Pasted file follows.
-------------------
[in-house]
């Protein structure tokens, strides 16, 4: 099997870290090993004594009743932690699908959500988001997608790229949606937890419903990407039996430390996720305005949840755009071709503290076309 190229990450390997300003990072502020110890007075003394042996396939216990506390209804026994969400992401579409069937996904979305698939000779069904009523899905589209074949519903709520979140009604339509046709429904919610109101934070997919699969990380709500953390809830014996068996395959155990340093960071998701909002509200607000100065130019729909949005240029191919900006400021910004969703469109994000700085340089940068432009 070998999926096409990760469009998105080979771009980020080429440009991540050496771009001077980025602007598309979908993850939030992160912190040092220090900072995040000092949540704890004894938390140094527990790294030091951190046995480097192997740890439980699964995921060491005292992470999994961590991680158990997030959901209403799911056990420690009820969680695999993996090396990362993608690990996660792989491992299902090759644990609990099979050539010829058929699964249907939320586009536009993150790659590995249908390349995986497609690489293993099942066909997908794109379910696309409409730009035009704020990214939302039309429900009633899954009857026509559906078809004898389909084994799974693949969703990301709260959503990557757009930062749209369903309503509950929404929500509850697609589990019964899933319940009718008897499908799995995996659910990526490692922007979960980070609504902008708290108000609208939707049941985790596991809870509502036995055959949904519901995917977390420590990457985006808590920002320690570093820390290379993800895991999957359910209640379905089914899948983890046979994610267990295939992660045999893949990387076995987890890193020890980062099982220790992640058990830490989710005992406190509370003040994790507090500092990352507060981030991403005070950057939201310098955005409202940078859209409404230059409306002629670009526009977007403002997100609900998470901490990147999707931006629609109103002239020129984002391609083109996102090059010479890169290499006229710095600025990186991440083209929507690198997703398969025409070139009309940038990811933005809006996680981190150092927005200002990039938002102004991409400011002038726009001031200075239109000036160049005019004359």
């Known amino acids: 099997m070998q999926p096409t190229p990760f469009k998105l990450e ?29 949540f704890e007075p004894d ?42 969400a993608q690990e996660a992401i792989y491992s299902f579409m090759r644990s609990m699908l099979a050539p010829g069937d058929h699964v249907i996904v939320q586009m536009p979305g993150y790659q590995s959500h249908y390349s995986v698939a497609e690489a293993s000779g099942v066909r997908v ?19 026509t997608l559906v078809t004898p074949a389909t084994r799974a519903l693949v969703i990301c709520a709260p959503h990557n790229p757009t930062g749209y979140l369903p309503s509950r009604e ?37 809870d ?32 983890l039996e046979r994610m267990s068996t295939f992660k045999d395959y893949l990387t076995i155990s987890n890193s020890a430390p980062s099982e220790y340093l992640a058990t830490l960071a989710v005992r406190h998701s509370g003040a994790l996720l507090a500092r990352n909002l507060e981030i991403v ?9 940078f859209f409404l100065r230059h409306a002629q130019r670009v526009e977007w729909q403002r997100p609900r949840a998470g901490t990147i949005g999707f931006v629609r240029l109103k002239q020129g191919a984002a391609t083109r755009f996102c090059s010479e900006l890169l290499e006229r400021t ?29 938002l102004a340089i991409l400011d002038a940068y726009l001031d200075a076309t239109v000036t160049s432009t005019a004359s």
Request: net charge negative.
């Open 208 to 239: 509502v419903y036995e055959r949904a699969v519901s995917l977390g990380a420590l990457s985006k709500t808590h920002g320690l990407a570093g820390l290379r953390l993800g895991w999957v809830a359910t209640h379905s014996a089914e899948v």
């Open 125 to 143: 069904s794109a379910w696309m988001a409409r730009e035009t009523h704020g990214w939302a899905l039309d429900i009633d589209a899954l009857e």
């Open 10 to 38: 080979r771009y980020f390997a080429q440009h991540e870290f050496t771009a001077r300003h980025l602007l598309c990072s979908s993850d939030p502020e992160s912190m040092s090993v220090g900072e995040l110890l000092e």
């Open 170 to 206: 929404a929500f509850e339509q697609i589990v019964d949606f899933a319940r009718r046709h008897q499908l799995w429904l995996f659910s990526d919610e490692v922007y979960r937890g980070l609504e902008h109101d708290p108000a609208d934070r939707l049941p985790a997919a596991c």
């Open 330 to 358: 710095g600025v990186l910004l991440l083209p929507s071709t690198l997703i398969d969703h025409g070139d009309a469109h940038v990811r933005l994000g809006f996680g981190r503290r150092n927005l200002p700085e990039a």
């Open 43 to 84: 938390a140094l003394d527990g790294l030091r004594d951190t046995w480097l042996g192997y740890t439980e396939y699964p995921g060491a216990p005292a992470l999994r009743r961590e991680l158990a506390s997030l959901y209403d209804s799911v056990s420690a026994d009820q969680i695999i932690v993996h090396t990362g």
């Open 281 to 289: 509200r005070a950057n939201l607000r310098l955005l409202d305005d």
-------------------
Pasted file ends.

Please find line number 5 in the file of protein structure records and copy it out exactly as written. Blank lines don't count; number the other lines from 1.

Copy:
């Open 208 to 239: 509502v419903y036995e055959r949904a699969v519901s995917l977390g990380a420590l990457s985006k709500t808590h920002g320690l990407a570093g820390l290379r953390l993800g895991w999957v809830a359910t209640h379905s014996a089914e899948v």